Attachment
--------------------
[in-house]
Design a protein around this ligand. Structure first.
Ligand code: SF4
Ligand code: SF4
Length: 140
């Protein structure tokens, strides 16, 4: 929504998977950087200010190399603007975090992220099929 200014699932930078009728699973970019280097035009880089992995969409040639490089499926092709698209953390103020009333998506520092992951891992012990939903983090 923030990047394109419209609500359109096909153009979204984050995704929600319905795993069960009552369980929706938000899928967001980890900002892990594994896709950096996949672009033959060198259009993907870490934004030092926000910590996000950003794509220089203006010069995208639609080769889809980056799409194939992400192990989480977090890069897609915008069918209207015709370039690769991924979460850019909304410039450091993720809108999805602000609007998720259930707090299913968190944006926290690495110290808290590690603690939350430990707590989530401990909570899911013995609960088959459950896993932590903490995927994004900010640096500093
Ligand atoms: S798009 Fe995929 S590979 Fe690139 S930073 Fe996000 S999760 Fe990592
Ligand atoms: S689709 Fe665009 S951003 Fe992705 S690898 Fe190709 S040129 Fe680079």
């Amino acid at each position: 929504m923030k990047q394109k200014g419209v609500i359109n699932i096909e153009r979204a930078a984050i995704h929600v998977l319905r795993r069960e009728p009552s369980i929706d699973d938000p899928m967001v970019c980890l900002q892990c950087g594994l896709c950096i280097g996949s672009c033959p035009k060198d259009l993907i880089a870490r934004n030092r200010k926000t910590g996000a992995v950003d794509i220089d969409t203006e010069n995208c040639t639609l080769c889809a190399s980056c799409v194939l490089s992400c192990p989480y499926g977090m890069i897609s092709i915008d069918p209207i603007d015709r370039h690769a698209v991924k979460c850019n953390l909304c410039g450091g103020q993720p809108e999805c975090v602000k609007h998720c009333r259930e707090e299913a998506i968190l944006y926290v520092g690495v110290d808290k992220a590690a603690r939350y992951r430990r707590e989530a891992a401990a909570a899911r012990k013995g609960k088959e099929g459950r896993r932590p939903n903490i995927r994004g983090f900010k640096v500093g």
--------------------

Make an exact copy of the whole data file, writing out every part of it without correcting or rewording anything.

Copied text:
[in-house]
Design a protein around this ligand. Structure first.
Ligand code: SF4
Ligand code: SF4
Length: 140
């Protein structure tokens, strides 16, 4: 929504998977950087200010190399603007975090992220099929 200014699932930078009728699973970019280097035009880089992995969409040639490089499926092709698209953390103020009333998506520092992951891992012990939903983090 923030990047394109419209609500359109096909153009979204984050995704929600319905795993069960009552369980929706938000899928967001980890900002892990594994896709950096996949672009033959060198259009993907870490934004030092926000910590996000950003794509220089203006010069995208639609080769889809980056799409194939992400192990989480977090890069897609915008069918209207015709370039690769991924979460850019909304410039450091993720809108999805602000609007998720259930707090299913968190944006926290690495110290808290590690603690939350430990707590989530401990909570899911013995609960088959459950896993932590903490995927994004900010640096500093
Ligand atoms: S798009 Fe995929 S590979 Fe690139 S930073 Fe996000 S999760 Fe990592
Ligand atoms: S689709 Fe665009 S951003 Fe992705 S690898 Fe190709 S040129 Fe680079």
């Amino acid at each position: 929504m923030k990047q394109k200014g419209v609500i359109n699932i096909e153009r979204a930078a984050i995704h929600v998977l319905r795993r069960e009728p009552s369980i929706d699973d938000p899928m967001v970019c980890l900002q892990c950087g594994l896709c950096i280097g996949s672009c033959p035009k060198d259009l993907i880089a870490r934004n030092r200010k926000t910590g996000a992995v950003d794509i220089d969409t203006e010069n995208c040639t639609l080769c889809a190399s980056c799409v194939l490089s992400c192990p989480y499926g977090m890069i897609s092709i915008d069918p209207i603007d015709r370039h690769a698209v991924k979460c850019n953390l909304c410039g450091g103020q993720p809108e999805c975090v602000k609007h998720c009333r259930e707090e299913a998506i968190l944006y926290v520092g690495v110290d808290k992220a590690a603690r939350y992951r430990r707590e989530a891992a401990a909570a899911r012990k013995g609960k088959e099929g459950r896993r932590p939903n903490i995927r994004g983090f900010k640096v500093g």